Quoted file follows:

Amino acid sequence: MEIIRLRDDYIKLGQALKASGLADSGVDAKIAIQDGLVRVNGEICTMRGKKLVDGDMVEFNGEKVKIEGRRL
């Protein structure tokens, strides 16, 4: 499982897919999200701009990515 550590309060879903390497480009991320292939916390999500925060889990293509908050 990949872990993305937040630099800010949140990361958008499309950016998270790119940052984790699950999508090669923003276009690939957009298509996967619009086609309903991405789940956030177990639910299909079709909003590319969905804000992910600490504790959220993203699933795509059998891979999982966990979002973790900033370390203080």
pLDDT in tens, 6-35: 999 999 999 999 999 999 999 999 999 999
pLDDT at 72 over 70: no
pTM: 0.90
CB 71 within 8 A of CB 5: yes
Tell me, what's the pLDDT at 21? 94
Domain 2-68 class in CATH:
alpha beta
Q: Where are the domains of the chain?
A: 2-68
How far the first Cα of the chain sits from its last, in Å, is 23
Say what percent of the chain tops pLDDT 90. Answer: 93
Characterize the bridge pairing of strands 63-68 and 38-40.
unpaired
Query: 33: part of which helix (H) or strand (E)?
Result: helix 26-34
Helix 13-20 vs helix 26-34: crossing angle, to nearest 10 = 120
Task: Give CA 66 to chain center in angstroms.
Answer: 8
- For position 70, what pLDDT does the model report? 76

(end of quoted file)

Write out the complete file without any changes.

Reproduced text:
Amino acid sequence: MEIIRLRDDYIKLGQALKASGLADSGVDAKIAIQDGLVRVNGEICTMRGKKLVDGDMVEFNGEKVKIEGRRL
């Protein structure tokens, strides 16, 4: 499982897919999200701009990515 550590309060879903390497480009991320292939916390999500925060889990293509908050 990949872990993305937040630099800010949140990361958008499309950016998270790119940052984790699950999508090669923003276009690939957009298509996967619009086609309903991405789940956030177990639910299909079709909003590319969905804000992910600490504790959220993203699933795509059998891979999982966990979002973790900033370390203080």
pLDDT in tens, 6-35: 999 999 999 999 999 999 999 999 999 999
pLDDT at 72 over 70: no
pTM: 0.90
CB 71 within 8 A of CB 5: yes
Tell me, what's the pLDDT at 21? 94
Domain 2-68 class in CATH:
alpha beta
Q: Where are the domains of the chain?
A: 2-68
How far the first Cα of the chain sits from its last, in Å, is 23
Say what percent of the chain tops pLDDT 90. Answer: 93
Characterize the bridge pairing of strands 63-68 and 38-40.
unpaired
Query: 33: part of which helix (H) or strand (E)?
Result: helix 26-34
Helix 13-20 vs helix 26-34: crossing angle, to nearest 10 = 120
Task: Give CA 66 to chain center in angstroms.
Answer: 8
- For position 70, what pLDDT does the model report? 76